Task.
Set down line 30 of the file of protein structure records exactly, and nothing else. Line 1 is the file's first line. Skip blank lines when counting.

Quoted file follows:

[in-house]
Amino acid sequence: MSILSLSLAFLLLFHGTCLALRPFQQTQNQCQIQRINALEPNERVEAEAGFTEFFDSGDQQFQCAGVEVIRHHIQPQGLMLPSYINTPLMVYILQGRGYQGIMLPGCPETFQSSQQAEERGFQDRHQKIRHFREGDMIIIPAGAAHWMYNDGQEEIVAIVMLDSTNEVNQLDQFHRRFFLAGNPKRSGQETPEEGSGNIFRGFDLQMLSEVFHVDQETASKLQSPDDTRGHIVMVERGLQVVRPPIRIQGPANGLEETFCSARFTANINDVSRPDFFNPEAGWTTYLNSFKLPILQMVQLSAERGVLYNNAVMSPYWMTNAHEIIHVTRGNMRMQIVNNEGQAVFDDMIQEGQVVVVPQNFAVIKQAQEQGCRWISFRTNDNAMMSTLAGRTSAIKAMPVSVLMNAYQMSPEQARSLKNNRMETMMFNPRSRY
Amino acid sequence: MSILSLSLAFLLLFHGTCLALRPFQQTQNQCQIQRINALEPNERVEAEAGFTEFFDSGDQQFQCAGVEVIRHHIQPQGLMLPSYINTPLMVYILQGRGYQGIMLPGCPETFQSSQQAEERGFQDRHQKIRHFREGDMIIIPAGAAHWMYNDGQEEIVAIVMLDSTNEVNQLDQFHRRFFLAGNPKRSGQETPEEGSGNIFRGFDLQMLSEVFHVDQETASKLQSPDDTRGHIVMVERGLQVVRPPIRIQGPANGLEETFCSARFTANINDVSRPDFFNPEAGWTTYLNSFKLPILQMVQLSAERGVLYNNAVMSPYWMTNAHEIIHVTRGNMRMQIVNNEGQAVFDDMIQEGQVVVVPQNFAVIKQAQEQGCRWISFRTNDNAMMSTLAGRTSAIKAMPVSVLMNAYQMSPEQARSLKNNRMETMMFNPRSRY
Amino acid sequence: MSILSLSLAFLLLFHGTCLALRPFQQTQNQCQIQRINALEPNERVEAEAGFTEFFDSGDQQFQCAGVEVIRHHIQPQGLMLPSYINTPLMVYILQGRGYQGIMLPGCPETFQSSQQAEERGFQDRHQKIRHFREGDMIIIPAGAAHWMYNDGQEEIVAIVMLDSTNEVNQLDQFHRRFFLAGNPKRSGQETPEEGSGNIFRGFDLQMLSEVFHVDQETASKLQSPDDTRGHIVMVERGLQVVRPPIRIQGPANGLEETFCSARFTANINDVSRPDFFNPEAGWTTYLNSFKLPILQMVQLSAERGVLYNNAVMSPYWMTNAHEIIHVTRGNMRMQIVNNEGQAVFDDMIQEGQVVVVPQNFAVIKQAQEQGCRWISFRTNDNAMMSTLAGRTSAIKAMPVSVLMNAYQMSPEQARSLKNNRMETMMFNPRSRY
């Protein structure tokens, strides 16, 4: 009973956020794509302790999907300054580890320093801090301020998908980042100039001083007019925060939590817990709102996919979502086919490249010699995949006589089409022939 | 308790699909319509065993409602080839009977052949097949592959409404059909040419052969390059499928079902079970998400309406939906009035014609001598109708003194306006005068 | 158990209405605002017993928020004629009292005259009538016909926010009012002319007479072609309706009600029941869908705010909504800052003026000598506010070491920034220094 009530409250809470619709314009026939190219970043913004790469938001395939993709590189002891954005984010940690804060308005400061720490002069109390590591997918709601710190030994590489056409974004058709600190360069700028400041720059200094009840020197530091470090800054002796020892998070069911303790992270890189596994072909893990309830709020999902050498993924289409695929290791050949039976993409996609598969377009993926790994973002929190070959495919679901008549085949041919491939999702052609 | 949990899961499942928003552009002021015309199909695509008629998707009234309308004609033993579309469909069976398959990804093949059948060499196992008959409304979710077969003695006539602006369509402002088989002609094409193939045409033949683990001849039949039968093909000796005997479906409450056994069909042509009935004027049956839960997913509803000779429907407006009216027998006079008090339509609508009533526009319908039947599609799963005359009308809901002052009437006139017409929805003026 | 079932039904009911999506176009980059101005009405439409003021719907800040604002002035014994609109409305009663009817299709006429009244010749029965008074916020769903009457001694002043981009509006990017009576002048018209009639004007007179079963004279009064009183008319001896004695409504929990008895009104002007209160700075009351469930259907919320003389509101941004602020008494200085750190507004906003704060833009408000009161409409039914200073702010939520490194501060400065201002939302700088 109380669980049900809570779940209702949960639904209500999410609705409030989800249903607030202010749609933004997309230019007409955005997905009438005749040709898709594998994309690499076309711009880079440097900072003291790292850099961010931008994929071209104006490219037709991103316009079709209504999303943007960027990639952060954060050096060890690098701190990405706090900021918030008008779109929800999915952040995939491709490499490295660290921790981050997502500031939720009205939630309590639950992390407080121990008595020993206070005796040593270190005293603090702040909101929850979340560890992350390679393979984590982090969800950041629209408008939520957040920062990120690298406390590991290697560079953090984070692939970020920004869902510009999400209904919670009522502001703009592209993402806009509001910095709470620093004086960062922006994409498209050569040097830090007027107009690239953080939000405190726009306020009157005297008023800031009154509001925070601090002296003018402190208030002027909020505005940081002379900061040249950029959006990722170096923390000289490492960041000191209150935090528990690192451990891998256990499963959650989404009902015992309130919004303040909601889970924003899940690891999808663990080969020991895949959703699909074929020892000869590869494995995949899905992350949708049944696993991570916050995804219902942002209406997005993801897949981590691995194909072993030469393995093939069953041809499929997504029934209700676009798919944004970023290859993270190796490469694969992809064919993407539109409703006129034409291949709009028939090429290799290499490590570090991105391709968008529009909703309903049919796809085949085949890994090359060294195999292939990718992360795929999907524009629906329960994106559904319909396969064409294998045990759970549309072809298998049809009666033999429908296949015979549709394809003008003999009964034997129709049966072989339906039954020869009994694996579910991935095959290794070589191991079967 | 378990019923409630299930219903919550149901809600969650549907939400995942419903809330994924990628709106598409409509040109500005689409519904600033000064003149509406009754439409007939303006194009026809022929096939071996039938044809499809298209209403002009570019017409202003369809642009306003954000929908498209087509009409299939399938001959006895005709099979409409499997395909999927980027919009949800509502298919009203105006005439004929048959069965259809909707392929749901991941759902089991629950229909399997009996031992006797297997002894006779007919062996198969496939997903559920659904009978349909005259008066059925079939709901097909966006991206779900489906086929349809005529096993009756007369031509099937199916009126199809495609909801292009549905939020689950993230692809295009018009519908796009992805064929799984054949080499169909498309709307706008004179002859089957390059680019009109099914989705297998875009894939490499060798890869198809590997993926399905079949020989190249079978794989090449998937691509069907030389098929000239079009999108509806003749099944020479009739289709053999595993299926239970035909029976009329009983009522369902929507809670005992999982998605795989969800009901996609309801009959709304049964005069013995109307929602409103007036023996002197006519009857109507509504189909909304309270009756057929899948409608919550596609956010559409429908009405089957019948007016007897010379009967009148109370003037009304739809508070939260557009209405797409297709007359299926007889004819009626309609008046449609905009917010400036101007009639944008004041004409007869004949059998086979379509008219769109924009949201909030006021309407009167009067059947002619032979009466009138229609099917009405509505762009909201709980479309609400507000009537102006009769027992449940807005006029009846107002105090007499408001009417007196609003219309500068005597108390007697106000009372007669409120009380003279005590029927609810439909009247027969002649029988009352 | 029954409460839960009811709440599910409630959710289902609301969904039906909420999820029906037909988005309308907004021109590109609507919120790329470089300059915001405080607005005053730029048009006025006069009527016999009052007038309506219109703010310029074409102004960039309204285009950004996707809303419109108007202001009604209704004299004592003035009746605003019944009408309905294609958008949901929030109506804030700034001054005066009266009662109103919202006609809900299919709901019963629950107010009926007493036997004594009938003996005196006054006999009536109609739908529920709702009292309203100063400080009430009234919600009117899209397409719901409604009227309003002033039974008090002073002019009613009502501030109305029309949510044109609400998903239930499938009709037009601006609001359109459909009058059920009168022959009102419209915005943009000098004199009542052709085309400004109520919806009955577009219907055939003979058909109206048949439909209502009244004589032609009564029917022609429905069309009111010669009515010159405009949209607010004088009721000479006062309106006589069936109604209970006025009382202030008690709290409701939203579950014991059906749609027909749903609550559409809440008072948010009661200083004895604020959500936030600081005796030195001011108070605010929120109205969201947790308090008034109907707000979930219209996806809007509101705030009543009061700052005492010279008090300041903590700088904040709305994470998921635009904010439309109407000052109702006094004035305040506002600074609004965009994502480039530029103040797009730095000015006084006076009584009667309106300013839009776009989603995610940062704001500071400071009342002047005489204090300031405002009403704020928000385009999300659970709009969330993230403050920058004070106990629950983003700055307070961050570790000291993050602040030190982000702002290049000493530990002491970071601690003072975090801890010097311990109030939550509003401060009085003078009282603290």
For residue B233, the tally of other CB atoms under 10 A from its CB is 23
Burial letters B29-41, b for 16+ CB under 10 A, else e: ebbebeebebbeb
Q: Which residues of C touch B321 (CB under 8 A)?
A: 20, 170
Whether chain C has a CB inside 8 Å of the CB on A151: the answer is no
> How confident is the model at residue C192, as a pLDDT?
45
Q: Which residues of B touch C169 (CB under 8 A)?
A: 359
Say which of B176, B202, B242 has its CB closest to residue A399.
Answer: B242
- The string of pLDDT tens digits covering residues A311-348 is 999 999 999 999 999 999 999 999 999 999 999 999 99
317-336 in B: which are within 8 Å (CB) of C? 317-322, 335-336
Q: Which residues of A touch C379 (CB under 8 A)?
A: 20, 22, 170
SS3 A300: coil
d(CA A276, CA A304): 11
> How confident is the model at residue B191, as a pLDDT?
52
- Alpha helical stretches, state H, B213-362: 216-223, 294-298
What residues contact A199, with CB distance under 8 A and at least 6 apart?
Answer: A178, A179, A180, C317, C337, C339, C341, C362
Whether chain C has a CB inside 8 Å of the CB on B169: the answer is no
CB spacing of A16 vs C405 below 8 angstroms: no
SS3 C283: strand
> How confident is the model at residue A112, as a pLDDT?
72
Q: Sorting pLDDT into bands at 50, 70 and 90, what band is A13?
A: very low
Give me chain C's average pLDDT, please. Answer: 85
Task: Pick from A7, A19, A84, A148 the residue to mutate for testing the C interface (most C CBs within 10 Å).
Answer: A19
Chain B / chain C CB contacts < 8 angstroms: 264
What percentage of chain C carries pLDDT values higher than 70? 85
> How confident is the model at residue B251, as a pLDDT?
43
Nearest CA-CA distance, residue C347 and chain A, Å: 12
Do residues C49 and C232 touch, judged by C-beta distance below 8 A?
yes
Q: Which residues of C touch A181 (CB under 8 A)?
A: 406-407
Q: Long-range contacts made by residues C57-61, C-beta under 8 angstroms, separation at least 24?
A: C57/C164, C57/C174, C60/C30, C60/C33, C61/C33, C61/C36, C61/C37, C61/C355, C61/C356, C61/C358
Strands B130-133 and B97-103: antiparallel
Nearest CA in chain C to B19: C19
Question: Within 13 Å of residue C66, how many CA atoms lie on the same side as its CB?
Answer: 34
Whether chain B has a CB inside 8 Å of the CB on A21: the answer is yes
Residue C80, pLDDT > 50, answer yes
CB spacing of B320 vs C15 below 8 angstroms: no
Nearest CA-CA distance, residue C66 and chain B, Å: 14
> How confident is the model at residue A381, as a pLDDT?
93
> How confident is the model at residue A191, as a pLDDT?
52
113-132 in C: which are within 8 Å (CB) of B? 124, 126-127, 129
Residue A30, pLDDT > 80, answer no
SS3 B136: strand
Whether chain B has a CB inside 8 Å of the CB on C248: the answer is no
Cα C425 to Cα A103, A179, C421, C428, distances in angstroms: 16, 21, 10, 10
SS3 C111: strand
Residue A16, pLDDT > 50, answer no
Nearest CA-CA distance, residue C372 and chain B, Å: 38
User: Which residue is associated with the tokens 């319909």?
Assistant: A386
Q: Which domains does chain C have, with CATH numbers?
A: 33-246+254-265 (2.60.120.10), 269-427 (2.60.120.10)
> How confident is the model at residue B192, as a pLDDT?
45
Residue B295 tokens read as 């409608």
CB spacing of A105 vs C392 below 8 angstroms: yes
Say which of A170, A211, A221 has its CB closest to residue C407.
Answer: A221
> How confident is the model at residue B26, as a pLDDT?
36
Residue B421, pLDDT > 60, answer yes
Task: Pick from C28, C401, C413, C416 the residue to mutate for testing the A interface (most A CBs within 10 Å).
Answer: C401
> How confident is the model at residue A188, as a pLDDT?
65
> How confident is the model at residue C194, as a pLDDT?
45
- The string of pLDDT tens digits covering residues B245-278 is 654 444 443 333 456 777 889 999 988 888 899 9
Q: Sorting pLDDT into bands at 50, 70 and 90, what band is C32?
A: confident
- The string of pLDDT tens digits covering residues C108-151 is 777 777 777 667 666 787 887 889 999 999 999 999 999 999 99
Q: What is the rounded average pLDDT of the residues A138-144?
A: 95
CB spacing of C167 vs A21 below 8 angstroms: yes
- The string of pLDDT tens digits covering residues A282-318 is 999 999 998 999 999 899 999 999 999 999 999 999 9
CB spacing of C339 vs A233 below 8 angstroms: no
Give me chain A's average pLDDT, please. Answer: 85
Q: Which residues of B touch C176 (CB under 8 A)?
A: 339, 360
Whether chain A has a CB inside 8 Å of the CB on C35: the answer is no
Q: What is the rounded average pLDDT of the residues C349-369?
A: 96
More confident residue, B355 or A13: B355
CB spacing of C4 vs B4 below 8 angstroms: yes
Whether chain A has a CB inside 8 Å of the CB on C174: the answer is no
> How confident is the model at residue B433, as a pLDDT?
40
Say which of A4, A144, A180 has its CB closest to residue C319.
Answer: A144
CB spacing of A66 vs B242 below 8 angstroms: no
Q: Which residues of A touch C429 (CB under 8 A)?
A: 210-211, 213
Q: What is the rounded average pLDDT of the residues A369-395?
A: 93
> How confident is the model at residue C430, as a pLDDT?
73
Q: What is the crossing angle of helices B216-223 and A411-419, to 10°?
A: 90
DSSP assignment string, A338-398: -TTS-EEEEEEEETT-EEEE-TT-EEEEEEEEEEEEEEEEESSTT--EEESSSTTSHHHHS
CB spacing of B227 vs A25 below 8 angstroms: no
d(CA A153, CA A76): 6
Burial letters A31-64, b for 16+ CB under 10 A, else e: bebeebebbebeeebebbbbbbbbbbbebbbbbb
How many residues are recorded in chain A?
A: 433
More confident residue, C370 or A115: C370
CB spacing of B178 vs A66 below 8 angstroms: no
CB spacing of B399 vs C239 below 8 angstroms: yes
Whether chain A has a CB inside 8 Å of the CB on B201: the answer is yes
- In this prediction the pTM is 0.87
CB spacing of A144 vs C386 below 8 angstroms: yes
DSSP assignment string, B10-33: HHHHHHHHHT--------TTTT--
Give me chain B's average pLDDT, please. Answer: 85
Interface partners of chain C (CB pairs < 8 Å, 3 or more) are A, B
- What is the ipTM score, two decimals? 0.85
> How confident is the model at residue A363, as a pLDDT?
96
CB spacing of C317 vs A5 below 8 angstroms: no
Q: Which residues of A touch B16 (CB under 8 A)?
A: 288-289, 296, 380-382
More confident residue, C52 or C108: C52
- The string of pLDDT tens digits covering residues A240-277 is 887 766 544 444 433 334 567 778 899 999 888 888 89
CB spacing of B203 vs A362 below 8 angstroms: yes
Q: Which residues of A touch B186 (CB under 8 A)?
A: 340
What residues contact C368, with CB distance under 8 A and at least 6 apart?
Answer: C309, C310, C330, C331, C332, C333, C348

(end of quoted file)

SS3 C283: strand